Just as any other Kashmiri I have seen incessant suffering and desperation born of the tempest between Kashmiri will and Indian domination. I remember walking to my tutor’s house in 1992. There was only a hair’s breadth between my friend and me when we were caught in crossfire between the Indian army and militant fighters. My friend received a bullet and died on the spot. This is not the only incident that I have in my memory; there are many more, but they are too painful, and the only little I can add here are impressions of splatters of blood; smoke from the gunfire; bomb and grenade blasts; shutters of shops clanging closed; cries for help; the dank and dark of some basement where we took refuge.

Throughout Kashmir women have been disproportionately affected by this violence. Many have become the sole breadwinners since so many men have been killed or have simply disappeared. A large number of women suffer from post-traumatic stress disorder, which experts attribute to the increase in sexual violence, along with the sudden assumption of male responsibilities. A 2005 Doctors Without Borders report noted that Kashmir has some of the highest rates of sexual violence in any conflict region. Sexual violence and rape at the hands of the Indian army has largely lacked public discussion or legal deliverance, as the perpetrators enjoy immunity.

In recent years, there have been small signs of lessening violence by militant groups. Active combat has declined in the cities, although it remains an insistent reality in villages and along remote borders. While India’s government speaks of this as successful containment of militancy, . . .

Comments

efe's picture

the fight for independence

While reading Fatima's account, in My Life, MY Kashmir, it made me realize how people can take what they have for granted or even abuse it. Fatima and other people of that region are experiencing psychological and physical turmoil for wanting to be independent. Nigeria has been an independent territory since 1960. but the majority of people have chosen to ignore the ideals of people who fought for our independence at a less cost than Kasmir, i might add. Fatima, i admire you for your inner strength after all you have gone through. May you continue to be strengthened and may you continue to tell your story.

Tatiana de Araujo Barbosa's picture

Dear Fatima, my name is

Dear Fatima,

my name is Tatiana, I'm from Brazil and work as a television journalist - independent productions.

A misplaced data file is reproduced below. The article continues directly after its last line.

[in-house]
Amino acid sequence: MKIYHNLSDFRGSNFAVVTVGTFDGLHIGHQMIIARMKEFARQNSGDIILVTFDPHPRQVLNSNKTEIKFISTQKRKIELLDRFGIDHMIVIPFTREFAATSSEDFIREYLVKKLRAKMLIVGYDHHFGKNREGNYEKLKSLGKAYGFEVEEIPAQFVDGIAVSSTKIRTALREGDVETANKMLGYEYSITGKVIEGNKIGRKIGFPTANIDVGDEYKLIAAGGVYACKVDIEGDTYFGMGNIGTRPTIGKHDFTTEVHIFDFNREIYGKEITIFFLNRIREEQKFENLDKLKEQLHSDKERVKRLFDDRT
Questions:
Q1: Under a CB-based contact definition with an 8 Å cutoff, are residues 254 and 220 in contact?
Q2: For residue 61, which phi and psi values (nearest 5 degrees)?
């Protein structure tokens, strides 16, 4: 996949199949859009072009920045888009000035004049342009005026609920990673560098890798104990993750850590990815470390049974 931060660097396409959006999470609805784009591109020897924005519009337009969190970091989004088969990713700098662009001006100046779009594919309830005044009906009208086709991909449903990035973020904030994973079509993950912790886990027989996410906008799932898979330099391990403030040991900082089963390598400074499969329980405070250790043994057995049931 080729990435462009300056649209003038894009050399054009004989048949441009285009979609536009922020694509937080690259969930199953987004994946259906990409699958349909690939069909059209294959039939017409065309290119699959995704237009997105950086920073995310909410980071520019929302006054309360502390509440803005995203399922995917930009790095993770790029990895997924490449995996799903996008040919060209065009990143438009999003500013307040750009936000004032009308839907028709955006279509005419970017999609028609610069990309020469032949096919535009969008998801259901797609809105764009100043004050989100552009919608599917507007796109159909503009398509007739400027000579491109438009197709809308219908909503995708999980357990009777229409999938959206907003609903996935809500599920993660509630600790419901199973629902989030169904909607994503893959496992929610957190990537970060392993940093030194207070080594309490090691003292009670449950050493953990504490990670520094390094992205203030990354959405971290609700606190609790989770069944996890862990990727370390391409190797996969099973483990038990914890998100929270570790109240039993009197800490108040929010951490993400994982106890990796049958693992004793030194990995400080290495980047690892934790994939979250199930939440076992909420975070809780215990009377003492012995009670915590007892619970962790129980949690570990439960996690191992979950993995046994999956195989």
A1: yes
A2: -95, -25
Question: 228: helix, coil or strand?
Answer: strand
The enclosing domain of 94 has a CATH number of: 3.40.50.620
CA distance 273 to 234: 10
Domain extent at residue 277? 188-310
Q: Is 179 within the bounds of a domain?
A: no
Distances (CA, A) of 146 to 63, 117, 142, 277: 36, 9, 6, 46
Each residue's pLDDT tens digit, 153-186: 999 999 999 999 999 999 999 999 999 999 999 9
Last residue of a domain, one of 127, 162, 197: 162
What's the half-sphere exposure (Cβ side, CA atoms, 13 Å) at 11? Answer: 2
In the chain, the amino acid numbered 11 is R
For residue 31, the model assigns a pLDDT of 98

In 2006, I had the opportunity to spend 20 days in Kashmir. When I read your article, I could remember again the smell of lotus flowers in the lakes, I could feel the sensation of be walking through the markets and the old center...and to get deeply emotional with the beauty of women in their colorful scarfs, and veils. I will never forget your country and the special and important experience it was for me, a latin woman, to observe particular angles of Srinagar and to talk to people trying to capture a little about their spirits. Something that will remain in my soul forever! Thanks for your words, and for helping me to remember.
Best Regards
Tatiana

Victoria Vorosciuc's picture

May our good wishes

reach the beings that live there and MAY PEACE COME BACK TO THIS part of the world!

Victoria Vorosciuc
Project Coordinator
"Empowering women to participate
in community life"
WorldPulse Media Corresspondent

Fatima Sultan Syed's picture

Thanks

Thanks so much for your concern and kind wishes. I hope peace returns with due reverence to the ones whose lives have been lost so far and those who continue to get mauled every day.

jasir's picture

Memories

All we Kashmiris have is memory, even after so many years of conflict . World needs to know the stories of torture and sorrow that kashmiris have faced with resilience...

Cathy-Sue's picture

Kashmir Unveiled

Dear Fatima,
After reading your article I realized how little I actually knew about the Kashmiri struggle other than what the world media has seen fit to serve me. For one I was completely unaware of the high rates of sexual violence towards women. I will be bringing some attention onto Kashmir in our small local charity to see how we can get involved.

Cathy Sue, Chief Editor @
Single Parent Center

sahar's picture

Dear Fatima Independence can

Dear Fatima

Independence can not be gained unless long struggle takes place , as the old saying " no pain , no gain." However , I am impressed with the the determination of Kashmiri people and your lay out of your struggle.

I wish you all the best sister !

Sincerely

Sahar Nuraddin

follow me @snuraddin
--------------
"Life is either a daring adventure or nothing."
- Helen Keller

Maura Conlon's picture

Thank you for this moving

Thank you for this moving account of your country -- the shift in mood, from that peace you remember as a child to the uprising conflict -- is so palpable. I hope that seeds of hope are planted in the new generation and that the older generations can hold onto their memories of peace and tell their stories to keep the beacon bright. I hope you will keep us updated on new developments.